>> how hard is it going to be for the senate to do what the american people want them to do when wall street is so terribly influential and some say the banks own the senate.
>> ed, let me tell you what many others might not tell you. some people think, well, gee, the congress regulates wall street . i think the truth is that wall street regulates the congress. they have untold, unlimited amounts of money, money which is used to get the deregulation, you recall during the '90s, in a bipartisan way, to get the deregulation which drove us into the brink of financial collapse. they have all kinds of lobbyists on wall street . they make all kinds of campaign contributions , so it will be hard. but on the other hand, as your polls show, the american people understand how dangerous wall street can be. they want congress to stand up and if we do what the american people want, it will be the right thing.
>> what do you want to do? you want to break up the banks ?
>> here's what i want to do. for a start, you need to re-regulate. bring back glass-steagall, say that we're providing federal insurance for large banks . you know why? you can't go gambling. invest in the economy.
>> commercial and investment banks have to be designated.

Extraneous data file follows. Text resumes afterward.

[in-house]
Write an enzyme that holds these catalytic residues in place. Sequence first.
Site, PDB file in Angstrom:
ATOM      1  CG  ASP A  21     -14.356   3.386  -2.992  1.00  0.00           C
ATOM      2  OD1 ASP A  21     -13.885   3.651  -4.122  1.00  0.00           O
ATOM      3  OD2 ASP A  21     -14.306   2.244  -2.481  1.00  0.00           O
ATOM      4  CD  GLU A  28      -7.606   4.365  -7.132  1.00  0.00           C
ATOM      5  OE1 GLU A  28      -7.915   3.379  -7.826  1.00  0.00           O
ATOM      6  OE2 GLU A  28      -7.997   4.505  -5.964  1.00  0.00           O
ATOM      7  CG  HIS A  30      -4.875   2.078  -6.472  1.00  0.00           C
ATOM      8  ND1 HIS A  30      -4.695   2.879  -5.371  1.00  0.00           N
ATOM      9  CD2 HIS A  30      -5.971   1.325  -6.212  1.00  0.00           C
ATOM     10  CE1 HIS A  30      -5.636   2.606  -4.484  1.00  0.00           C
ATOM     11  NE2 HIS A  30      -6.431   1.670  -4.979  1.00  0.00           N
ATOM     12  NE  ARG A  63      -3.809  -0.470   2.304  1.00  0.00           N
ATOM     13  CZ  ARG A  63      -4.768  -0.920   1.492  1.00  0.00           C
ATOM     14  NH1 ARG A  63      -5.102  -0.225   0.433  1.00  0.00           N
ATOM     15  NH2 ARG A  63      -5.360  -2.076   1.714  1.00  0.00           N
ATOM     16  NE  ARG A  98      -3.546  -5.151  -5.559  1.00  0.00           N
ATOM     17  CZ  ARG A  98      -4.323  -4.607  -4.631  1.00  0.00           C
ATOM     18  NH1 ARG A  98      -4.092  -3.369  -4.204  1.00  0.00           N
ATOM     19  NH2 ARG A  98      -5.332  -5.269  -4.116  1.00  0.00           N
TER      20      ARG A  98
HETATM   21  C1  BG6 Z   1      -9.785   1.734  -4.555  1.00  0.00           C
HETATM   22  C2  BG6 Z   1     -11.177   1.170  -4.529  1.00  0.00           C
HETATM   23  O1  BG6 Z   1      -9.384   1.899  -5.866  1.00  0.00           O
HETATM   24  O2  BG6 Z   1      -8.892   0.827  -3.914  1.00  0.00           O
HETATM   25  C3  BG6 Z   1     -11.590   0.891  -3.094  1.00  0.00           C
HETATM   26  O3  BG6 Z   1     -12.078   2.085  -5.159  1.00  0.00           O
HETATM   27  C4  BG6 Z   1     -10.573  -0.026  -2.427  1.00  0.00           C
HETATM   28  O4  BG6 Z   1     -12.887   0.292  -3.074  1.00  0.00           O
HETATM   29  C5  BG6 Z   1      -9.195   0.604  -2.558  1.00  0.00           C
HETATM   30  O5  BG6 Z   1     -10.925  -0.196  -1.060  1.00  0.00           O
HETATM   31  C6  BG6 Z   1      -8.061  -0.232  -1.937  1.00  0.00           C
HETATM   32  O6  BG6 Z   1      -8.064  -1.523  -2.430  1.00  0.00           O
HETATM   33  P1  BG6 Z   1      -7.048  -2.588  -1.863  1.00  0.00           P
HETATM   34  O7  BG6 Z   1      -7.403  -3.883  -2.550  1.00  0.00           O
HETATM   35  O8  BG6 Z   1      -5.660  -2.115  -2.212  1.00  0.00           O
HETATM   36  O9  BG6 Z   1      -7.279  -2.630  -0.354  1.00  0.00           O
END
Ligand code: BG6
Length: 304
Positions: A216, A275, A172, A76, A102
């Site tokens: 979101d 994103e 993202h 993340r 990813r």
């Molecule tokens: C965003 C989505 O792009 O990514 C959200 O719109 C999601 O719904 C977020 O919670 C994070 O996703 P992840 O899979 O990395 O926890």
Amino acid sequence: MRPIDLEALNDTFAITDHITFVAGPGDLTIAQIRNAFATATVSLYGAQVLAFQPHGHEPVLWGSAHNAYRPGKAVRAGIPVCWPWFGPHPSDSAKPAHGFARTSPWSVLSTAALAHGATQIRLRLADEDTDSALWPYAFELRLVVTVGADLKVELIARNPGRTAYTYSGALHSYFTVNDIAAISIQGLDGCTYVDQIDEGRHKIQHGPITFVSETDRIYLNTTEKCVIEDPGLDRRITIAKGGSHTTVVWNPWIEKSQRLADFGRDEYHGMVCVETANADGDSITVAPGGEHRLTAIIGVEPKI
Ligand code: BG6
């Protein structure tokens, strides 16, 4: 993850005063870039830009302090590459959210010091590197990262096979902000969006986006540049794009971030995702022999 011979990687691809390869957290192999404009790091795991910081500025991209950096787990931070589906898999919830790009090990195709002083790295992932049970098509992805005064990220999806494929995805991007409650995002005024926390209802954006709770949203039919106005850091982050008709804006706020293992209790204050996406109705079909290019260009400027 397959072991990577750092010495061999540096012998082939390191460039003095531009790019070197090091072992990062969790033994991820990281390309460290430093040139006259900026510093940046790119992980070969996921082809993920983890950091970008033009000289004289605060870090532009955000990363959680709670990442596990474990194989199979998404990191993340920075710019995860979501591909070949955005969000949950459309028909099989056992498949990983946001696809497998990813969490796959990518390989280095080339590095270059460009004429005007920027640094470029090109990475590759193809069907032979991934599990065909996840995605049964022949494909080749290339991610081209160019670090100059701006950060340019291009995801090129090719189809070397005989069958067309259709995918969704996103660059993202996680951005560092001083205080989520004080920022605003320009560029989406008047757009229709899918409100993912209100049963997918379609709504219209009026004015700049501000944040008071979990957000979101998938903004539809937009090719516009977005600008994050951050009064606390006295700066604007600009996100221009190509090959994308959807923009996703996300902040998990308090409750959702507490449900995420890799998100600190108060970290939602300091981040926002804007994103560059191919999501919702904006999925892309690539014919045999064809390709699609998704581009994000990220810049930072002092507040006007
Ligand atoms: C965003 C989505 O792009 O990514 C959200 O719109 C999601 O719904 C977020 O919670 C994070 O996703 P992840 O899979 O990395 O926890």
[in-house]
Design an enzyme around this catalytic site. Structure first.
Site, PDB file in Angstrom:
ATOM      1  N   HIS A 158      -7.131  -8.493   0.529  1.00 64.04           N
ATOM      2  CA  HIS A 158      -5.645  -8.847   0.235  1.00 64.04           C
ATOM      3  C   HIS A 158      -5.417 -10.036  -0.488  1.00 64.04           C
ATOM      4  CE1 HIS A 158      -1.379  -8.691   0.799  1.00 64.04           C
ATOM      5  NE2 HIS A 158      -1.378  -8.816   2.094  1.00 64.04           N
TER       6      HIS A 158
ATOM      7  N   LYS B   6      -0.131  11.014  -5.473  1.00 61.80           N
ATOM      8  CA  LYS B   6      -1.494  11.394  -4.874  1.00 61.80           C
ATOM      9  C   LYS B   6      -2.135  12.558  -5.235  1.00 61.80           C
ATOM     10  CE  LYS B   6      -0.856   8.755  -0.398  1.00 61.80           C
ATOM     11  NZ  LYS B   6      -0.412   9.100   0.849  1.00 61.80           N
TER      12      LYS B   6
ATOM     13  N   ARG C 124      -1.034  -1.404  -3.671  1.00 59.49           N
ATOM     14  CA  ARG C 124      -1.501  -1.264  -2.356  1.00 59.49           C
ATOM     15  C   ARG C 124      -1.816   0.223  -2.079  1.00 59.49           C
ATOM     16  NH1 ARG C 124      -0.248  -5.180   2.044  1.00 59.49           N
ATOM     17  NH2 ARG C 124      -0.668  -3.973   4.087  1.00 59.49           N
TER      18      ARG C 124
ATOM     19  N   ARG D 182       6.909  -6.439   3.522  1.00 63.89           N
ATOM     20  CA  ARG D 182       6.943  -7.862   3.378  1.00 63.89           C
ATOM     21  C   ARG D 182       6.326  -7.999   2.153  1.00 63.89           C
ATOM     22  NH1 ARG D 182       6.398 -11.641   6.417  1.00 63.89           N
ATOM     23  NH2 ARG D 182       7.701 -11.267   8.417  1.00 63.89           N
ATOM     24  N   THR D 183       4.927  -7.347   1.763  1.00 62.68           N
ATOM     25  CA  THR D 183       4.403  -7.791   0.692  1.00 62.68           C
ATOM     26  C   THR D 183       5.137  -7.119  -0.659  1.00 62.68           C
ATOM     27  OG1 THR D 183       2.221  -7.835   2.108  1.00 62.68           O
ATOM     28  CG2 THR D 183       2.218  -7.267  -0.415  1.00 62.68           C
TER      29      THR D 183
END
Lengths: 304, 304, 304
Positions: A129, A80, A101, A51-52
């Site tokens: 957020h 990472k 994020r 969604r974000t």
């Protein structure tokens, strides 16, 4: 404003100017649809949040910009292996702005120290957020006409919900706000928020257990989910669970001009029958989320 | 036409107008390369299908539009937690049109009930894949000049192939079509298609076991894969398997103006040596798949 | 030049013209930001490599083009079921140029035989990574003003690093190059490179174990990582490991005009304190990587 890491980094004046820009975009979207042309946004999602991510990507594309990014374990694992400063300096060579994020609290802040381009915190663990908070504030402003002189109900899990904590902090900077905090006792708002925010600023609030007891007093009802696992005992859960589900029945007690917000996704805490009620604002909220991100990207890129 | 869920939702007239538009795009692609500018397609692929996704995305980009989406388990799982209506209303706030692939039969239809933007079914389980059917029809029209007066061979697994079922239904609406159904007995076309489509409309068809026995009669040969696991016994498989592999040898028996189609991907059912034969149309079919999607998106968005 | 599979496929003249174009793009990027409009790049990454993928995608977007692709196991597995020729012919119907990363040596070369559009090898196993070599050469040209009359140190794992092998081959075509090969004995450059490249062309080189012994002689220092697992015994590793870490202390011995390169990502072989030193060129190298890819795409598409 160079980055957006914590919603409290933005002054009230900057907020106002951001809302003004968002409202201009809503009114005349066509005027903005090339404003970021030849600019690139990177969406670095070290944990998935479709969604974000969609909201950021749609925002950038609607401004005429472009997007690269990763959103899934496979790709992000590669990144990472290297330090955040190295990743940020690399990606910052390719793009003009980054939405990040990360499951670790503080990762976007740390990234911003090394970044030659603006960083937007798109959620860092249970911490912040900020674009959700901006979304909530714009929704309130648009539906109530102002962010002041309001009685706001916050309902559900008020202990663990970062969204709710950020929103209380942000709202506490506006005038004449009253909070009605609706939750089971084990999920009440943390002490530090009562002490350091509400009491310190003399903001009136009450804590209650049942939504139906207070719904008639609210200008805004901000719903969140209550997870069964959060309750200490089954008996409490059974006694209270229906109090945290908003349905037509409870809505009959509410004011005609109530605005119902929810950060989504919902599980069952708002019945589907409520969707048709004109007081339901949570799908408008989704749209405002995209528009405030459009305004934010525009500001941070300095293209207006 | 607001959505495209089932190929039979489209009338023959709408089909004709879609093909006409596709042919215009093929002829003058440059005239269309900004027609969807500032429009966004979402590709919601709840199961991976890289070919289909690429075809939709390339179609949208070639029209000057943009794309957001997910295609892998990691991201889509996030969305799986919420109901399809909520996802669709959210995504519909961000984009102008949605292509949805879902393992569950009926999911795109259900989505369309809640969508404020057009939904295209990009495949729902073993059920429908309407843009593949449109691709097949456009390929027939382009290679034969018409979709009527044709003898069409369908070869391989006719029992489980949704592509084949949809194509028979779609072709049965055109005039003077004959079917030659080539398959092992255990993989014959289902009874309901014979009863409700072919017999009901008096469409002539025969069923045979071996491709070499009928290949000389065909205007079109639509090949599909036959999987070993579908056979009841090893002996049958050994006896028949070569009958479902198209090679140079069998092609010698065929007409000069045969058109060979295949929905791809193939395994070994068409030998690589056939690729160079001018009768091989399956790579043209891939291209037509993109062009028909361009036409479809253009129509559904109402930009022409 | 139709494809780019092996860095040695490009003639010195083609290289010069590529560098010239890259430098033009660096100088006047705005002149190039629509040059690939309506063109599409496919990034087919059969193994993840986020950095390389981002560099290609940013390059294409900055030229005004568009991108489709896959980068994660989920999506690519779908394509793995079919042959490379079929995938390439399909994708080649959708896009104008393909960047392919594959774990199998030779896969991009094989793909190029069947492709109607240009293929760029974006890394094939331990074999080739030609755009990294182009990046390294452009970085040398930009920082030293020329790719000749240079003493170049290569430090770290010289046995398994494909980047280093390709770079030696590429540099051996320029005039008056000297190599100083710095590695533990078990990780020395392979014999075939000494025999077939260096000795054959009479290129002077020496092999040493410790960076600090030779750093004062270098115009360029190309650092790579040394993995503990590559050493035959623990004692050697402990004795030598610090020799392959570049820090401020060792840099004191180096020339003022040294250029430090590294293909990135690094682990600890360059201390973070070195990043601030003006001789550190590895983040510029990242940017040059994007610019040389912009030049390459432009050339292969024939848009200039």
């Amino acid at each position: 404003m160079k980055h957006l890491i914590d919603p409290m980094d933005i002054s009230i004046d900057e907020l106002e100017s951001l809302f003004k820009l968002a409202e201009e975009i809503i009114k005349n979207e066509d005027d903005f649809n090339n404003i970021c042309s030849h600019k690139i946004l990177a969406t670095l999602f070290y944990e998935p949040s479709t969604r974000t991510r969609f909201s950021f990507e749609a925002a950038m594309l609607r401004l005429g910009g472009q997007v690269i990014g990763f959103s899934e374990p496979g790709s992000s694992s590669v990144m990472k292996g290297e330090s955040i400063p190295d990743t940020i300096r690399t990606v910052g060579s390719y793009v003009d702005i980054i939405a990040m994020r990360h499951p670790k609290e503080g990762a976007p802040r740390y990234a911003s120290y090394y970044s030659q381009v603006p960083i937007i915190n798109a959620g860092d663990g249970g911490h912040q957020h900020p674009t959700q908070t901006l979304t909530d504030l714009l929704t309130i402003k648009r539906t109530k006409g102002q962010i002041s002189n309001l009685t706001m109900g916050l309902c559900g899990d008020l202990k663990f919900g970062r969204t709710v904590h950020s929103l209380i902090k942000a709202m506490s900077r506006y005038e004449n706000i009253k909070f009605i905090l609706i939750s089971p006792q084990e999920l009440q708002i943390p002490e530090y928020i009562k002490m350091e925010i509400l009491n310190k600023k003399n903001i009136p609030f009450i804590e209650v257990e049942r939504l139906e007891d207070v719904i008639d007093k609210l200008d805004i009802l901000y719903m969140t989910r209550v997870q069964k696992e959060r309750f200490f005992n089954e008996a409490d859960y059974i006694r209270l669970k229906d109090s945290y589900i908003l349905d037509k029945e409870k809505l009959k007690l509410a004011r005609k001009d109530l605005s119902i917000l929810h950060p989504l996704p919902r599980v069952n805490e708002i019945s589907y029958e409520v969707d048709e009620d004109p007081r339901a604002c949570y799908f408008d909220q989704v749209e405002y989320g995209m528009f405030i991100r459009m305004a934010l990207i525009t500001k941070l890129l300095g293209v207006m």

>> in investment banks want to invest, get involved in las vegas -type activity, let them do it, but not with insurance.
>> and how big a chance is that becoming a reality?
>> i think our friend jamie dimon may have made it easier. so invest, whatever you want to do, but don't come crawling from the federal government for insurance. that's the key issue here.
>> well, you have the big getting bigger after what happened on wall street .
>> i want the american people to hear this. today you have three out of the four largest banks bigger than we were before we bailed them out.
>> three of the four?
>> bigger than we were?
>> yes. significantly, also, you have the six largest financial institutions have assets of over $9 trillion, which is the equivalent of two-thirds of the assets, equivalent to two-thirds of the assets of gdp of the united states of america. so stop for a minute. when you have institutions that large, jpmorgan chase , over $2 trillion, while some will say, we're never going to bail them out again, we're going to let them fail, i don't think that's the case. if they go under, with they will be bailed out again. number two, if teddy roosevelt was alive right now and saw that the top six banks provided half the mortgages in america and two-thirds of the credit cards , what do you think a good republican like teddy roosevelt would have said?